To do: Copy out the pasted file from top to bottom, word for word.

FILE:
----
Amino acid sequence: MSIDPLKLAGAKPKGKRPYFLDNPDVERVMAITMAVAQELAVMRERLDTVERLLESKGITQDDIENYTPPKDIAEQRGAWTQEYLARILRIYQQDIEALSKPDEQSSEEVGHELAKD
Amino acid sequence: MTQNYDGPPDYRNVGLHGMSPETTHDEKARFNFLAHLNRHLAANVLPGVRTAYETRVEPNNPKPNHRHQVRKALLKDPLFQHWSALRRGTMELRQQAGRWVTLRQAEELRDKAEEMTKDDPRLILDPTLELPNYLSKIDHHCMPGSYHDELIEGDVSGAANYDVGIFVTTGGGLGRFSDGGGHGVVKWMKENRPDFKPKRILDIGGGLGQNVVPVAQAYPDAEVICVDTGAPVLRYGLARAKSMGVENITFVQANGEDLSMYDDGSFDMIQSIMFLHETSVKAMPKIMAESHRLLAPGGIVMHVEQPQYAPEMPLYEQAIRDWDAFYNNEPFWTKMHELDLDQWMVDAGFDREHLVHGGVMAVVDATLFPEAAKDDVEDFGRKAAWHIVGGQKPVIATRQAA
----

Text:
Amino acid sequence: MSIDPLKLAGAKPKGKRPYFLDNPDVERVMAITMAVAQELAVMRERLDTVERLLESKGITQDDIENYTPPKDIAEQRGAWTQEYLARILRIYQQDIEALSKPDEQSSEEVGHELAKD
Amino acid sequence: MTQNYDGPPDYRNVGLHGMSPETTHDEKARFNFLAHLNRHLAANVLPGVRTAYETRVEPNNPKPNHRHQVRKALLKDPLFQHWSALRRGTMELRQQAGRWVTLRQAEELRDKAEEMTKDDPRLILDPTLELPNYLSKIDHHCMPGSYHDELIEGDVSGAANYDVGIFVTTGGGLGRFSDGGGHGVVKWMKENRPDFKPKRILDIGGGLGQNVVPVAQAYPDAEVICVDTGAPVLRYGLARAKSMGVENITFVQANGEDLSMYDDGSFDMIQSIMFLHETSVKAMPKIMAESHRLLAPGGIVMHVEQPQYAPEMPLYEQAIRDWDAFYNNEPFWTKMHELDLDQWMVDAGFDREHLVHGGVMAVVDATLFPEAAKDDVEDFGRKAAWHIVGGQKPVIATRQAA